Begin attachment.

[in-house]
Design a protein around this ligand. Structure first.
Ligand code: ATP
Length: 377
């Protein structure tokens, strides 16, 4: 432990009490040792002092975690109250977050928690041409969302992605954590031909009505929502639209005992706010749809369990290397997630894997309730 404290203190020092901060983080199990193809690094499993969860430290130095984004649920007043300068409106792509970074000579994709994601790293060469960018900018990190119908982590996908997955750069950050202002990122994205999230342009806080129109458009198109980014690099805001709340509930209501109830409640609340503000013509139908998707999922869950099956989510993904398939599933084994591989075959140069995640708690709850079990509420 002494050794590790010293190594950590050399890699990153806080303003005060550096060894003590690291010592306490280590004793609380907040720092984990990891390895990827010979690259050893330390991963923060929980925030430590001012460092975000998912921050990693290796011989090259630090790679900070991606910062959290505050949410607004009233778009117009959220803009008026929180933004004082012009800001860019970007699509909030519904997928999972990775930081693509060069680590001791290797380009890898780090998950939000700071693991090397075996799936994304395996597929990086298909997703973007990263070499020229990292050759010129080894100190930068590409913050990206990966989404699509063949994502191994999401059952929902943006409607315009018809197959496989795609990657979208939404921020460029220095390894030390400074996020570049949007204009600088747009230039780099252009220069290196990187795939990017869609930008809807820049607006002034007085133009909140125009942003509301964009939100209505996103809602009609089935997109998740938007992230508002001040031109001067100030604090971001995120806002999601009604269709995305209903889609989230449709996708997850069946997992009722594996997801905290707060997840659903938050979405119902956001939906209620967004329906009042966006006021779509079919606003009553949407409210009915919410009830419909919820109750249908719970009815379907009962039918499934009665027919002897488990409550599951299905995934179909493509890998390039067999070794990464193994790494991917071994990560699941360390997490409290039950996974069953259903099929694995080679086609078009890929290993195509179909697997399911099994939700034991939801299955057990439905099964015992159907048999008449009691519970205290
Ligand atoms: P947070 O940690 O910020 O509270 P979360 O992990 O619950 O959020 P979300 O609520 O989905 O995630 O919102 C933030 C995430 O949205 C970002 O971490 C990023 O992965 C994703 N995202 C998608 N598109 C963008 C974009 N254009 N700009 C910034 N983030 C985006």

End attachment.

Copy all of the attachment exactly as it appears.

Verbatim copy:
[in-house]
Design a protein around this ligand. Structure first.
Ligand code: ATP
Length: 377
């Protein structure tokens, strides 16, 4: 432990009490040792002092975690109250977050928690041409969302992605954590031909009505929502639209005992706010749809369990290397997630894997309730 404290203190020092901060983080199990193809690094499993969860430290130095984004649920007043300068409106792509970074000579994709994601790293060469960018900018990190119908982590996908997955750069950050202002990122994205999230342009806080129109458009198109980014690099805001709340509930209501109830409640609340503000013509139908998707999922869950099956989510993904398939599933084994591989075959140069995640708690709850079990509420 002494050794590790010293190594950590050399890699990153806080303003005060550096060894003590690291010592306490280590004793609380907040720092984990990891390895990827010979690259050893330390991963923060929980925030430590001012460092975000998912921050990693290796011989090259630090790679900070991606910062959290505050949410607004009233778009117009959220803009008026929180933004004082012009800001860019970007699509909030519904997928999972990775930081693509060069680590001791290797380009890898780090998950939000700071693991090397075996799936994304395996597929990086298909997703973007990263070499020229990292050759010129080894100190930068590409913050990206990966989404699509063949994502191994999401059952929902943006409607315009018809197959496989795609990657979208939404921020460029220095390894030390400074996020570049949007204009600088747009230039780099252009220069290196990187795939990017869609930008809807820049607006002034007085133009909140125009942003509301964009939100209505996103809602009609089935997109998740938007992230508002001040031109001067100030604090971001995120806002999601009604269709995305209903889609989230449709996708997850069946997992009722594996997801905290707060997840659903938050979405119902956001939906209620967004329906009042966006006021779509079919606003009553949407409210009915919410009830419909919820109750249908719970009815379907009962039918499934009665027919002897488990409550599951299905995934179909493509890998390039067999070794990464193994790494991917071994990560699941360390997490409290039950996974069953259903099929694995080679086609078009890929290993195509179909697997399911099994939700034991939801299955057990439905099964015992159907048999008449009691519970205290
Ligand atoms: P947070 O940690 O910020 O509270 P979360 O992990 O619950 O959020 P979300 O609520 O989905 O995630 O919102 C933030 C995430 O949205 C970002 O971490 C990023 O992965 C994703 N995202 C998608 N598109 C963008 C974009 N254009 N700009 C910034 N983030 C985006």